The days of free manufactured spending are indeed over and the cost of accruing points and miles can be substantial. At the moment, some of the credit cards I’m using to earn miles don’t earn category bonuses, which can really add up if you’re not doing things to off-set the fees. In my case, I largely depend on cash back portals and cash back credit cards to off-set fees and generate a profit. There are, of course, more options for off-setting gift card fees:
1. Cash Back Portals. One way to reduce or eliminate manufactured spending costs is to use a cash back portal when ordering gift cards online. A quick search on Cash Back Monitor or CashbackHolic for gift cards should turn up the highest cash back offer currently available. Buying gift cards through a portal at a rate of 1% cash back or higher usually off-sets the cost of card fees, shipping, and money orders. At the moment, I’m pretty much using Yazing exclusively for Giftcards.com and Gift Card Mall purchases. A lot of readers complain about Yazing’s lack of a tracking dashboard, but I’ll continue using them because they offer a much faster payout than iConsumer – which can take upwards of four months!
2. In-Store Promotions. Sometimes stores that sell gift cards offer discounts that off-set the card fees and may even leave you with a bit of extra cash. Drug stores do this frequently as do office supply stores. I remember a year ago when some malls eliminated card fees altogether for a day. When these promotions come around, you can easily off-set most manufactured spending expenses and come away with a stash of miles that were truly earned “free.” Don’t get me started on time spent doing this – I consider this a hobby, so any time I do spend driving some place to buy or liquidate gift cards is categorized in much the same way sports fans spend their time following their favorite teams or how people who like arts and crafts spend their time knitting sweater of painting moonscapes. It doesn’t take away “billable hours” – we all need time off to relax and have fun. My time spent doing this is no different.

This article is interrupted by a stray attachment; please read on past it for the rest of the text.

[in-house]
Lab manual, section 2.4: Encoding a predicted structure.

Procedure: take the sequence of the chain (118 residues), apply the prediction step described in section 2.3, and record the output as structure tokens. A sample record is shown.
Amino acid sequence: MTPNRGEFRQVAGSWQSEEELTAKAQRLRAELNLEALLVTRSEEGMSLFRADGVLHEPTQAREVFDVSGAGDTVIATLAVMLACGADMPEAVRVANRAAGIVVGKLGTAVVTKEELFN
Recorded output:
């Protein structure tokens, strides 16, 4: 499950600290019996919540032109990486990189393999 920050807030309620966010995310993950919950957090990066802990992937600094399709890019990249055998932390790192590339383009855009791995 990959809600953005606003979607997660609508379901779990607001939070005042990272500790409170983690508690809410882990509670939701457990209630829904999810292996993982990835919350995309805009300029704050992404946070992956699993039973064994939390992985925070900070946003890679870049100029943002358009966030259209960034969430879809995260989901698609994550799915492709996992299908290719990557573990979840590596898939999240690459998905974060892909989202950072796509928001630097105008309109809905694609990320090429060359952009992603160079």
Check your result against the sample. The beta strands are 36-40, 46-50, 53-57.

3. Points for Cash. Some bank rewards programs allow cardholders to redeem points for statement credits (i.e. cash). This isn’t always a good use of points, but I do know people who do this periodically to off-set some of their card fees, especially when the points were earned free of charge thanks to a generous in-store promotion or cash back portal. I sometimes use my Barclaycard Arrival Plus World Elite MasterCard to purchase travel for family members, who pay me back in cash. This allows me to then to redeem my Arrival miles towards these travel expenses, which ends up being as good as cash back (at a favorable ratio).
4. Cash Back Credit Cards. Cash back credit cards can be pretty lucrative on their own and incorporating them into your gift card churning routine can help cover liquidation costs. For example, the Discover It Miles card earns the equivalent of 3% cash back the first year. By putting a bit of extra spend on a cash back card, you could off-set the fees incurred from purchasing gift cards with a standard mile or point-earning credit card. It’s a bit of extra work and not an ideal solution for some folks, but if you’re reducing out-of-pocket costs through other means, then working in a cash back card can leave you with a little extra travel cash. In my case, the amount I’m putting on the Discover card produces way more than what I spend in fees – in fact, by the time my card anniversary rolls around, it will double to a very substantial amount of cash.
What are some of the methods you’re employing to off-set gift card fees?
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